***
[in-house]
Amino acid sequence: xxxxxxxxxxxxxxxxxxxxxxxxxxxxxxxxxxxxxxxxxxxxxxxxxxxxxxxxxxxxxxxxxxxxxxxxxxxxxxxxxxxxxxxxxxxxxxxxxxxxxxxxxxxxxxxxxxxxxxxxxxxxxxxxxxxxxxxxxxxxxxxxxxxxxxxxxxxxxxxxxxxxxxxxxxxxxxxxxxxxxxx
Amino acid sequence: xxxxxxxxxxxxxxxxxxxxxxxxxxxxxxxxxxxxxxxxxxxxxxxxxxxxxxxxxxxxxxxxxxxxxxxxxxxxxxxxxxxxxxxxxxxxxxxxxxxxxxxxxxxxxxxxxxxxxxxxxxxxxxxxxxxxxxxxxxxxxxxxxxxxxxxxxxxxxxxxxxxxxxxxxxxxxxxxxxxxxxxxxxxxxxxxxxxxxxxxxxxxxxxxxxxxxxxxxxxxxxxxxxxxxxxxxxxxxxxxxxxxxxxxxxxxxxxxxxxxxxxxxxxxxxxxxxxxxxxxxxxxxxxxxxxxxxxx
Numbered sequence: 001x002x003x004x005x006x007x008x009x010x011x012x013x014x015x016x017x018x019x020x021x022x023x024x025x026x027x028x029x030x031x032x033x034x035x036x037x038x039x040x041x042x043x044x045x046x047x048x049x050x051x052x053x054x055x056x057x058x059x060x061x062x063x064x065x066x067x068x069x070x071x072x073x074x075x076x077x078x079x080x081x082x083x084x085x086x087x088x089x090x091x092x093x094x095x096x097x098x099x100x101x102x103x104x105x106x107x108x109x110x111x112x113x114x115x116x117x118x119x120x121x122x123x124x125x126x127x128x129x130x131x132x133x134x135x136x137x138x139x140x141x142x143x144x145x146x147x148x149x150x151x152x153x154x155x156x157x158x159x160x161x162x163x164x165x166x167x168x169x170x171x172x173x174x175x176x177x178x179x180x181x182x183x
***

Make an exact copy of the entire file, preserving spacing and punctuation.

[in-house]
Amino acid sequence: xxxxxxxxxxxxxxxxxxxxxxxxxxxxxxxxxxxxxxxxxxxxxxxxxxxxxxxxxxxxxxxxxxxxxxxxxxxxxxxxxxxxxxxxxxxxxxxxxxxxxxxxxxxxxxxxxxxxxxxxxxxxxxxxxxxxxxxxxxxxxxxxxxxxxxxxxxxxxxxxxxxxxxxxxxxxxxxxxxxxxxx
Amino acid sequence: xxxxxxxxxxxxxxxxxxxxxxxxxxxxxxxxxxxxxxxxxxxxxxxxxxxxxxxxxxxxxxxxxxxxxxxxxxxxxxxxxxxxxxxxxxxxxxxxxxxxxxxxxxxxxxxxxxxxxxxxxxxxxxxxxxxxxxxxxxxxxxxxxxxxxxxxxxxxxxxxxxxxxxxxxxxxxxxxxxxxxxxxxxxxxxxxxxxxxxxxxxxxxxxxxxxxxxxxxxxxxxxxxxxxxxxxxxxxxxxxxxxxxxxxxxxxxxxxxxxxxxxxxxxxxxxxxxxxxxxxxxxxxxxxxxxxxxxx
Numbered sequence: 001x002x003x004x005x006x007x008x009x010x011x012x013x014x015x016x017x018x019x020x021x022x023x024x025x026x027x028x029x030x031x032x033x034x035x036x037x038x039x040x041x042x043x044x045x046x047x048x049x050x051x052x053x054x055x056x057x058x059x060x061x062x063x064x065x066x067x068x069x070x071x072x073x074x075x076x077x078x079x080x081x082x083x084x085x086x087x088x089x090x091x092x093x094x095x096x097x098x099x100x101x102x103x104x105x106x107x108x109x110x111x112x113x114x115x116x117x118x119x120x121x122x123x124x125x126x127x128x129x130x131x132x133x134x135x136x137x138x139x140x141x142x143x144x145x146x147x148x149x150x151x152x153x154x155x156x157x158x159x160x161x162x163x164x165x166x167x168x169x170x171x172x173x174x175x176x177x178x179x180x181x182x183x